Tuesday, August 30, 2016

Parataxis and Politics

Seth Lipsky, America's leading journalist, has published a piece in his New York Sun blog, "Parataxis and Politics,"  about the New York Times's CEO Mark Thompson's forthcoming book about how language has caused a deterioration of American politics.  Responding to the article, not to the book, which I haven't read, I write this:

As usual, the Times deflects its responsibility for decline, a phenomena we New Yorkers, who have suffered decline due to the Times's policies, have lived with for decades.  

Perhaps the turning point in American political discourse was the Times's support for Walter Duranty's lying about the mass starvation occurring in Ukraine during the 1930s.  More recently, political correctness in universities has spilled over into all walks of life.

We have a Supreme Court that is confused about the difference between jurisprudence and legislation; we have a K-12 education system that is confused about the difference between education and enhancement of self-regard; we have a higher education system that is confused about the difference between education and ideology; we have a media that is confused about the difference between journalism and propaganda.  All of this derives from left-wing authoritarian equalitarianism (mistakenly called "liberalism"), which has been increasingly influential since the Progressive era and of which the Times has been a leading voice.

De Tocqueville saw that conformity to social pressure would, in a democracy, contribute to tyranny of the majority and that the wonderful elite that founded America could no longer contribute to what he called the "small parties" that pander to mediocre public opinion.  


What we see today is the product of a failure of opinion of an elite made mediocre by a failed education system, a system  that has further reduced American mediocrity of the past.  The Trump phenomena is the last gasp of those who remember a better America, who have been badly educated by a bankrupt elite--in large part comprised of the Times's readers--and who, propagandized and badly educated, have no idea of why the nation is stagnating.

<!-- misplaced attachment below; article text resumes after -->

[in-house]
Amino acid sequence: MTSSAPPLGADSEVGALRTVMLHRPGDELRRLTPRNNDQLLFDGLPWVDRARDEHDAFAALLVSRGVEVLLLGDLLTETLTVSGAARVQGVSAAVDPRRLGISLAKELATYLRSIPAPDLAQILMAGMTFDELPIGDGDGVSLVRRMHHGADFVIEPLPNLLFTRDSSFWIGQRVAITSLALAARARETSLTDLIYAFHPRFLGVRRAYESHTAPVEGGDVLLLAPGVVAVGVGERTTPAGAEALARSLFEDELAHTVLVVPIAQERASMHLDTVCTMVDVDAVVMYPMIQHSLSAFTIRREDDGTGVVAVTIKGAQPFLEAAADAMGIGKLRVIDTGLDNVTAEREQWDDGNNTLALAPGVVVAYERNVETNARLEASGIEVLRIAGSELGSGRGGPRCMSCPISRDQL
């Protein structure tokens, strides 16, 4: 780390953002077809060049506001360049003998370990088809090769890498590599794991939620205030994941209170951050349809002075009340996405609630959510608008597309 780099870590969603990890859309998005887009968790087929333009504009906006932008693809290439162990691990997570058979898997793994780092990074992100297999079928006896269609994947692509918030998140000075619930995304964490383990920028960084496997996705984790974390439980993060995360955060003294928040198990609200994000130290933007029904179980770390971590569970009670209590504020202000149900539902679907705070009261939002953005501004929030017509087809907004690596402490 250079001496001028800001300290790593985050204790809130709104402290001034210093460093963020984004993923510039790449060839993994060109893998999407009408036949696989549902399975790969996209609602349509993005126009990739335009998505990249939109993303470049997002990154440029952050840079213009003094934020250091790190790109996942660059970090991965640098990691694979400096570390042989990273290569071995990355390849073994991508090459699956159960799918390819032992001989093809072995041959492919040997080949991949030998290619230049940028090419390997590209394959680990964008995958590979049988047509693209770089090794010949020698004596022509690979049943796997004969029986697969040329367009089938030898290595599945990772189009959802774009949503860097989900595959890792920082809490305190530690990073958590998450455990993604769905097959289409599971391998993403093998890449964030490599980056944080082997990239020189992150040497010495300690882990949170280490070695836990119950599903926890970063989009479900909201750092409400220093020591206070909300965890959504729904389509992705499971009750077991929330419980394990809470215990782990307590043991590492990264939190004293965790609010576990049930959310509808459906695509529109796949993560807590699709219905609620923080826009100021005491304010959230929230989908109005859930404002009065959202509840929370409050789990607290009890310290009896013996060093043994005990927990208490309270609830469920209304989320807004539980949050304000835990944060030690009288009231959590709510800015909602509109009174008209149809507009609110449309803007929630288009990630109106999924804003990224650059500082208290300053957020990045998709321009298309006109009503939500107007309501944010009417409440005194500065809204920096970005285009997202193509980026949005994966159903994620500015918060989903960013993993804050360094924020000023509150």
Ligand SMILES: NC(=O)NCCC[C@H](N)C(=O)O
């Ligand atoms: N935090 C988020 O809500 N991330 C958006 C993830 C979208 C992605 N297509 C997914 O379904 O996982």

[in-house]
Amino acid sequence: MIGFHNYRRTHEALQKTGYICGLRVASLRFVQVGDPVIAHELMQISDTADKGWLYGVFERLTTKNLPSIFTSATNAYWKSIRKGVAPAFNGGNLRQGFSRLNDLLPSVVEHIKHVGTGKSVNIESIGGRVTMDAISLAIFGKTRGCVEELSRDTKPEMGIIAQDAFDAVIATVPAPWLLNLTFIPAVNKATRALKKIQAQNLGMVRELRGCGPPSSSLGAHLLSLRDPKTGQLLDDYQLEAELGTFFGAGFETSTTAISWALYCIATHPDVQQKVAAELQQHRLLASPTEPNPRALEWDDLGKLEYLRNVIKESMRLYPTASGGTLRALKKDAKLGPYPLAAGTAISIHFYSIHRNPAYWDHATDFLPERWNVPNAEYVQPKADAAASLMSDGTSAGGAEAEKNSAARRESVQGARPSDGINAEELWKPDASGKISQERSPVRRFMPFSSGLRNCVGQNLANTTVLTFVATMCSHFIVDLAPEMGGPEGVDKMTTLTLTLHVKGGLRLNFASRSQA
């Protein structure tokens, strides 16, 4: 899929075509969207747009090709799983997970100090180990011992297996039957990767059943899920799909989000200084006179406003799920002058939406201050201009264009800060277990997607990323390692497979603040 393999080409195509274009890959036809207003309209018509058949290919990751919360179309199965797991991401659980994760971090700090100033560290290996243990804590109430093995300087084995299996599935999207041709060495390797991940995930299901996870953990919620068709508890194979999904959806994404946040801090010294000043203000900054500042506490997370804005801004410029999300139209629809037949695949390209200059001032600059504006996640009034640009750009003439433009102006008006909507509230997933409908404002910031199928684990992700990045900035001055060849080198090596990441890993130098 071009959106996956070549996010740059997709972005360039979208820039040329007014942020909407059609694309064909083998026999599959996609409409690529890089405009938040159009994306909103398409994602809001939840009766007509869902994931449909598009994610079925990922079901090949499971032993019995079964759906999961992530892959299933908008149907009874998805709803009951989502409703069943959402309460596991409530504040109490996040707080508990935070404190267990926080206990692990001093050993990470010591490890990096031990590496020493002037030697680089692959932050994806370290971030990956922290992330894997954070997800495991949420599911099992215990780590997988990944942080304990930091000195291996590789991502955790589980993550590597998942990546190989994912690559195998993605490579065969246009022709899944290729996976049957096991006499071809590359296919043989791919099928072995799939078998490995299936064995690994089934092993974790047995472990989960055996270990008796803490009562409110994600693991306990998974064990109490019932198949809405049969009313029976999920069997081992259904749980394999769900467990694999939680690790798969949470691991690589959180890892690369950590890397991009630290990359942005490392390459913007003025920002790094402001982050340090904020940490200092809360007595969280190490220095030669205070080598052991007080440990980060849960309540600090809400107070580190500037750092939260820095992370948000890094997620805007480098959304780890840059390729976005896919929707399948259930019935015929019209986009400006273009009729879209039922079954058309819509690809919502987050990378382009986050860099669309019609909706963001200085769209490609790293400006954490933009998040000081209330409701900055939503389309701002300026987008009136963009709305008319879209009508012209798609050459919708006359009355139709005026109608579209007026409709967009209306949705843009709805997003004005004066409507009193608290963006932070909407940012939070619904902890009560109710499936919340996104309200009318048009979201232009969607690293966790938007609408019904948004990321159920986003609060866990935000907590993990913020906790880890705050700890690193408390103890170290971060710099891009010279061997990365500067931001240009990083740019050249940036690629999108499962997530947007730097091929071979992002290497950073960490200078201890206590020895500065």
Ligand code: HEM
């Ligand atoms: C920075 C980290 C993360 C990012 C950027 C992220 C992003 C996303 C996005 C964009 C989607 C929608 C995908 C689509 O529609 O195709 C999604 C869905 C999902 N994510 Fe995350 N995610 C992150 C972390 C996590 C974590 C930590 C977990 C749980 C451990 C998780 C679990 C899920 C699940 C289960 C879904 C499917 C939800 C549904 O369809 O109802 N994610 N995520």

Sunday, July 24, 2016

Barack Obama's Grim America

 The Albany Times Union opines that Donald Trump's America is grim and divisive.  It was Barack Obama, though, who created the divisiveness.  Trump is the bigoted antithesis to Obama's bigoted thesis.  Both sides reject the liberalism that was characteristic of laissez-faire America.

Trump's critics might ask why so many lower-income whites feel disenfranchised.  One cause is a stagnant real hourly wage that contrasts with America's economic performance until the 1960s, a period which covered laissez faire, Progressive, and New Deal eras when there was less government and harder money.

The Obama administration has tended to marginalize working class and poor whites.  Two examples are the remark Obama made in 2008 about rural Pennsylvanians clinging to religion, guns,and xenophobia while, at the same time, defending his own participation in Jeremiah Wright's church. What religion does Obama cling to?

Through his massive subsidization of Wall Street, in no small part through what has euphemistically been called quantitative easing, Obama has served elite interests well, and unlike Trump, the media, which reflects elite biases, has given Obama a free pass.   

Trump is a reaction by poor whites, the reaction of an interest group that Obama created by default through his forging of an alliance of elite and minority interests that excluded Trump's supporters. Unsurprisingly, America's elite-focused media continue to appraise the Obama administration based on his pandering to their interests, and they claim that groups that threaten those interests are divisive 

Saturday, July 23, 2016

Trump Is the White Obama

Donald Trump is the first candidate to grasp shifts in the nature of press, and he has capitalized on Twitter, brief sound bites, and Facebook memes. He is a reality television star who has brilliantly played the new media system. At the same time, he has benefited personally from the Fed's monetary system that is the root cause of the wage stagnation that angers his supporters. It is healthy that political elites have been given a wake-up call, but the issues that Trump emphasizes are sideshows in comparison with the Fed, so the true American elite has little to fear from Trump, who will keep the corrupt system in place and use immigration to rechannel working class frustration just as Obama picked at racial scars to do so.